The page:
The high speed compression adjustment controls how the shock reacts to big bumps and holes such as the impacts the suspension might receive when hopping FIA curbs or dipping a wheel off the track into a hole. High speed adjustment also slightly affects the cars response to a drivers initial input under turn-in. High speed shaft velocities are defined as being above 6-8 inches per second. The most common use for high speed adjustment is to control bottoming of the chassis under bump. Not enough high speed compression and the car blows though its travel when hitting bumps bottoming harshly. Too much and the car nibbles around losing traction. High speed compression adjustment is not felt by the driver much unless it is way off.
|The adjusters for the high and low speed compression damping are found on the remote reservoir, this is good as it allows the adjusters to be easily reachable, important for quick adjustment in pit lane.|
The rebound damping adjustment affects mostly the low speed range but it has some effect across the velocity scale. Rebound damping affects the chassis responsiveness, mostly from the mid turn to the exit. Rebound damping adjustment greatly affects the chassis bump response. Not enough rebound damping and the car feel floaty and boat like. Too much and the chassis will pack down in sequential bumps riding harshly and loosing traction. Rebound adjustment is greatly feelable by the driver.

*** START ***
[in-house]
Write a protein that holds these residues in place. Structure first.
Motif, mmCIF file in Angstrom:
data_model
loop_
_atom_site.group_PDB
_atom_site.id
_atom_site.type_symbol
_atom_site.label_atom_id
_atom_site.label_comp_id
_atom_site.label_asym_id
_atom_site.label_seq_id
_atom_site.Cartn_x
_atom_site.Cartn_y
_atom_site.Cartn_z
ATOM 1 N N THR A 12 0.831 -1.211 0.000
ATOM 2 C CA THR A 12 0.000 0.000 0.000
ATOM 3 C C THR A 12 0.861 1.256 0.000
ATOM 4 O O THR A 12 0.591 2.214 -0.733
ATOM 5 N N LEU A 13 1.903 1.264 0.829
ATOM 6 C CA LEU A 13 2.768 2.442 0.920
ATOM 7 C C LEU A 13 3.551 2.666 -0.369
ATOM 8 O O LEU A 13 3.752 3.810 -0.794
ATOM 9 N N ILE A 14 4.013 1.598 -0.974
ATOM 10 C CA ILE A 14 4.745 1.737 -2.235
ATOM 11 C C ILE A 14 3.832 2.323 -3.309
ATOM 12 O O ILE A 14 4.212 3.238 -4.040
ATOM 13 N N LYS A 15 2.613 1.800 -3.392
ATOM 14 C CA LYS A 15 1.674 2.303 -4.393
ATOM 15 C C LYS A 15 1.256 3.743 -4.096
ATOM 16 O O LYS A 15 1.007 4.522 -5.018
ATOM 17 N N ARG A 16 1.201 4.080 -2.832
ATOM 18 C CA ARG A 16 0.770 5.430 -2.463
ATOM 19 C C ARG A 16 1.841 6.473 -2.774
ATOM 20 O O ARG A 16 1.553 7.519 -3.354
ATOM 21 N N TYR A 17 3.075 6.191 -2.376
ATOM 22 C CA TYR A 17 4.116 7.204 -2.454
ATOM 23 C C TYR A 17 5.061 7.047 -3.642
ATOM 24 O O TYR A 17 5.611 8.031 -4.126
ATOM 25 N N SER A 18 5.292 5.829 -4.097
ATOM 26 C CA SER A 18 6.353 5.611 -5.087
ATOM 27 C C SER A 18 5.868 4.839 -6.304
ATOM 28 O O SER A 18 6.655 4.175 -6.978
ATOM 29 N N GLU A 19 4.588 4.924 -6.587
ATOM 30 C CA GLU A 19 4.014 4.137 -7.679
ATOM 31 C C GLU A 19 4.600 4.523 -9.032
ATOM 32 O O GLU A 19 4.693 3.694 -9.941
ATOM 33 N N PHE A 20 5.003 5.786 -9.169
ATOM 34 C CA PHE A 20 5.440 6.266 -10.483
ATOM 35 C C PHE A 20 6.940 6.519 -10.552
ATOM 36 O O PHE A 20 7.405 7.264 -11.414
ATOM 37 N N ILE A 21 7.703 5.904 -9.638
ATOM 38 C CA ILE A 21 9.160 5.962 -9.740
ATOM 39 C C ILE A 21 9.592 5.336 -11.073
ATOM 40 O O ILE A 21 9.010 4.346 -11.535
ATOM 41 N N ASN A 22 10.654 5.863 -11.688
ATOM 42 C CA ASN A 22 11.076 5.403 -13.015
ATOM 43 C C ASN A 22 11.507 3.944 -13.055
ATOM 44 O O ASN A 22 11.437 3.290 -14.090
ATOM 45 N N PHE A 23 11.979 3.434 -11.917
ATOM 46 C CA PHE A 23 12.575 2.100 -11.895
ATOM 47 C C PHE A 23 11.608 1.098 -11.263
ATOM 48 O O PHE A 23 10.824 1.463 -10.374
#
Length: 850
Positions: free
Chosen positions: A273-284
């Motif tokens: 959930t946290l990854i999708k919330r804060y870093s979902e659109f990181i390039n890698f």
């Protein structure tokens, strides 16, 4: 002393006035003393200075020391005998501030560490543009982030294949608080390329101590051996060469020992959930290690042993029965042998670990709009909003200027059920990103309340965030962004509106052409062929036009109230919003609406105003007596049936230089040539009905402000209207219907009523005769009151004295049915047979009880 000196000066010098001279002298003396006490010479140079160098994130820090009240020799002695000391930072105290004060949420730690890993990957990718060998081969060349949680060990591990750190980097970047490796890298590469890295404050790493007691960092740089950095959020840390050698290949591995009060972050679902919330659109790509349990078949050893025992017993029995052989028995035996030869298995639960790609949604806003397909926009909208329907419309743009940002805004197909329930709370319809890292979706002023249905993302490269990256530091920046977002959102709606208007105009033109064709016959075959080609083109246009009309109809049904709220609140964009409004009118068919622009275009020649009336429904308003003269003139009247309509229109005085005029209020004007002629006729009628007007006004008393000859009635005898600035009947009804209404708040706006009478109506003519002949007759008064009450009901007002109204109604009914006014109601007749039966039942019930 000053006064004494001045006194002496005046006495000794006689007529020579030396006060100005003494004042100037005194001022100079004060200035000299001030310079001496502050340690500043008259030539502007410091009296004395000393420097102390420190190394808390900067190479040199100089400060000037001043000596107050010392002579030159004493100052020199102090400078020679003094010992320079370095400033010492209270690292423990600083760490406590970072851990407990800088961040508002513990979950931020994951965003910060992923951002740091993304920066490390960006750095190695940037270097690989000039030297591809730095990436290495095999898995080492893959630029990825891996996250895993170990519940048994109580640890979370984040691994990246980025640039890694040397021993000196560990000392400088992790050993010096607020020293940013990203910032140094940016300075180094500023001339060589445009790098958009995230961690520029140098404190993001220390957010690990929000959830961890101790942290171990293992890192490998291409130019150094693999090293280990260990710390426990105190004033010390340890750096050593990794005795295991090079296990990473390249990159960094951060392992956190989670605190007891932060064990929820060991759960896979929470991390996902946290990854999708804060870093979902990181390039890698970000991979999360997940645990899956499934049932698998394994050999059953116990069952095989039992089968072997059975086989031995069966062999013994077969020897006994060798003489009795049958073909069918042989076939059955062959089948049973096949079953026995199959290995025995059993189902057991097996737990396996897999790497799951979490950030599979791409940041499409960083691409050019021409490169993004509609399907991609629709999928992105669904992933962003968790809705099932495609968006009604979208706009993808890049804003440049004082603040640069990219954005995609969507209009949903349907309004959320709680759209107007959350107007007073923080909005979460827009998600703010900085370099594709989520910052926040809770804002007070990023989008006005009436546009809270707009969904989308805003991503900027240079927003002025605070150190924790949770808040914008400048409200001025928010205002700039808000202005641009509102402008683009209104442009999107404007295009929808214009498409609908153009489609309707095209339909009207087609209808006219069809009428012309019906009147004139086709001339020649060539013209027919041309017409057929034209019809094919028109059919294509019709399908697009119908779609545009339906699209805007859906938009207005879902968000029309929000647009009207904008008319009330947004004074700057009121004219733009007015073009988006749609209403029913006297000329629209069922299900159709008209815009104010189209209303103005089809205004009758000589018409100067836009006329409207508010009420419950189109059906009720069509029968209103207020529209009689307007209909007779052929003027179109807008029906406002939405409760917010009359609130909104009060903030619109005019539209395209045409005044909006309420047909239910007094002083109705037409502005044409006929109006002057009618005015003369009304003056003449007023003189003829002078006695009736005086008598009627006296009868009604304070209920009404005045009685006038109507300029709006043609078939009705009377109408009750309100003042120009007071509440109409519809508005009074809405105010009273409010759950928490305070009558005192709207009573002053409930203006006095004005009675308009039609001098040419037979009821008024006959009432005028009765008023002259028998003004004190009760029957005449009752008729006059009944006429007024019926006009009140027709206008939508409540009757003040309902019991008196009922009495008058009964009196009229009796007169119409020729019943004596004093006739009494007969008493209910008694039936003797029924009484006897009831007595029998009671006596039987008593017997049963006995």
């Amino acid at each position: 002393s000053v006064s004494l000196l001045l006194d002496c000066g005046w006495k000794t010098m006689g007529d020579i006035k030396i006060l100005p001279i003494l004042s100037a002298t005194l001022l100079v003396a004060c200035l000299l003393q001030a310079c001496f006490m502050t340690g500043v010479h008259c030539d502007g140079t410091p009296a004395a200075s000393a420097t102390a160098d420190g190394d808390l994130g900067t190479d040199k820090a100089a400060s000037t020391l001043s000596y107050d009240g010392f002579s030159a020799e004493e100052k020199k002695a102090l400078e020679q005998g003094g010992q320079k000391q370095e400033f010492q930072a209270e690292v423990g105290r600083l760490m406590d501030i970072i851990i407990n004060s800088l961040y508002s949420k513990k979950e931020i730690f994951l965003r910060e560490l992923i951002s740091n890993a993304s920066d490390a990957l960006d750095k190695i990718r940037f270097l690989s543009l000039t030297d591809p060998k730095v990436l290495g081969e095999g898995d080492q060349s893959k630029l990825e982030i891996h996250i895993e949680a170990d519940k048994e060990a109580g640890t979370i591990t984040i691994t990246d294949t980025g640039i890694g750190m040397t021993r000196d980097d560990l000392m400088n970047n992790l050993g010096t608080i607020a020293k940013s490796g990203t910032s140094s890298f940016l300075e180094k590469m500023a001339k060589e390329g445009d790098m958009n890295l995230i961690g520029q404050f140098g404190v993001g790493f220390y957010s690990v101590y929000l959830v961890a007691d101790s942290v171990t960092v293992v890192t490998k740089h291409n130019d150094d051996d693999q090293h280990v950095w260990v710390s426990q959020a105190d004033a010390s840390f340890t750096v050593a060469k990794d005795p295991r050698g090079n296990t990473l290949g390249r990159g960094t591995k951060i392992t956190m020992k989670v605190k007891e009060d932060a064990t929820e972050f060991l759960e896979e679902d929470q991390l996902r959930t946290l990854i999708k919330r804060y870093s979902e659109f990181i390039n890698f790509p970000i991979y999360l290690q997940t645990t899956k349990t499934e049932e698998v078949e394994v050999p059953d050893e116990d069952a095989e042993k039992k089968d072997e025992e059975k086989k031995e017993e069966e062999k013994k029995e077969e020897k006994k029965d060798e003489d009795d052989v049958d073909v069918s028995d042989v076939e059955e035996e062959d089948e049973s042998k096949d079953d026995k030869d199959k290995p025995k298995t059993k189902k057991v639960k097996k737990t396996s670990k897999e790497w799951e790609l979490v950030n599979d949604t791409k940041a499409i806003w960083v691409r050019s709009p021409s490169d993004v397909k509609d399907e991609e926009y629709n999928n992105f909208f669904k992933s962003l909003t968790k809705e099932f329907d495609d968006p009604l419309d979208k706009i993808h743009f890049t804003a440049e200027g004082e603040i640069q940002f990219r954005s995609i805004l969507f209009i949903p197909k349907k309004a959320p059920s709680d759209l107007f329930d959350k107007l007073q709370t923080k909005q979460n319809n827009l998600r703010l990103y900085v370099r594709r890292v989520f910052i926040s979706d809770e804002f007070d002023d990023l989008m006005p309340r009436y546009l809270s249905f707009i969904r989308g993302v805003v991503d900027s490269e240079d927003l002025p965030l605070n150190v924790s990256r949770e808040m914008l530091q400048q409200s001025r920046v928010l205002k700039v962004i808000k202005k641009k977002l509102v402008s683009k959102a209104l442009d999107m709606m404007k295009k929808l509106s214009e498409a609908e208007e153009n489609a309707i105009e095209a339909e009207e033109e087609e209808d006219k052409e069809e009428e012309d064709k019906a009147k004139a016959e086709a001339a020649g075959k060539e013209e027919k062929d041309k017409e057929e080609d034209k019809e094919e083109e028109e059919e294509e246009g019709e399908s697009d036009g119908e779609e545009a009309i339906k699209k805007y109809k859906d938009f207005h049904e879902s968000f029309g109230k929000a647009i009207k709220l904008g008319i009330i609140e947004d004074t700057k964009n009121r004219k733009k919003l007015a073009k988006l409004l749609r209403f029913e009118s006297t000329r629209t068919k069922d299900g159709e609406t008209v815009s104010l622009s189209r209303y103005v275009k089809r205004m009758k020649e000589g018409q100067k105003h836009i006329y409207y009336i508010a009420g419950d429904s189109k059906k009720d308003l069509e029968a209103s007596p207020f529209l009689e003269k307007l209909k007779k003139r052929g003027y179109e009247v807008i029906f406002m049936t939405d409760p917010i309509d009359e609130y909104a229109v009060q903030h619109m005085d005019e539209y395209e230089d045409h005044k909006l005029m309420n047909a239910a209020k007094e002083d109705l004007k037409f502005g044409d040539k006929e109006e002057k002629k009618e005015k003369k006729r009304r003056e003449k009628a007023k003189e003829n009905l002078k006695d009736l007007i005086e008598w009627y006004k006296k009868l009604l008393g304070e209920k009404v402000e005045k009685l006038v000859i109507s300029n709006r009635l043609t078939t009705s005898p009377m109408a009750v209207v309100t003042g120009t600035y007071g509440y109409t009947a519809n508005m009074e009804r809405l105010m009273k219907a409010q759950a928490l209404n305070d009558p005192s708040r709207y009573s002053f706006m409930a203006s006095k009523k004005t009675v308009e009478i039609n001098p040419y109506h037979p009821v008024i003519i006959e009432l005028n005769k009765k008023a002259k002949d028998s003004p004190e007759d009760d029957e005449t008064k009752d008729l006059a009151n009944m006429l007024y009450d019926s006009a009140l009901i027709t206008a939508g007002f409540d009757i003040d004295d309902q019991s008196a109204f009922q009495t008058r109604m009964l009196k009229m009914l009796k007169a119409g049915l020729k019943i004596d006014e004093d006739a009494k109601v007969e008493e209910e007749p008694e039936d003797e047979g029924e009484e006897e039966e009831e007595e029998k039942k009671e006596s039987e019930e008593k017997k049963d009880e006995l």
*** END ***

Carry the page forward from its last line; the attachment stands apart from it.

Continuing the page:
The KW coilovers have a short body so the car can be built with a low ride height, good for aerodynamics and center of gravity location, without sacrificing wheel travel. With our short struts our race car has the same amount of bump travel as the stock car even though it sits 4 inches lower than stock. This is highly important for proper handling.
The KW’s have a short, lightweight, threaded and hard anodized aluminum alloy body with threaded collars to set the ride height and corner weight. We opted to run 700 in/lb front and 900 in/lb rear spring rates and used helper springs to make sure that the springs would never be loose, even under full droop. The springs sit on slip washers which allow them to rotate under compression reducing friction caused by spring kink induced side load.
The KW shocks are a high pressure gas mono tube shock. Monotubes generally are accepted as the best design for high end racing use. This is because they run at a higher pressure to reduce damping fade due to cavitation, completely separate the shock fluid from any sort of damping reducing gas bubbles, have a larger piston and bearing area and displace more fluid in stroke for more sensitivity in the valving, critical for low shaft speed control.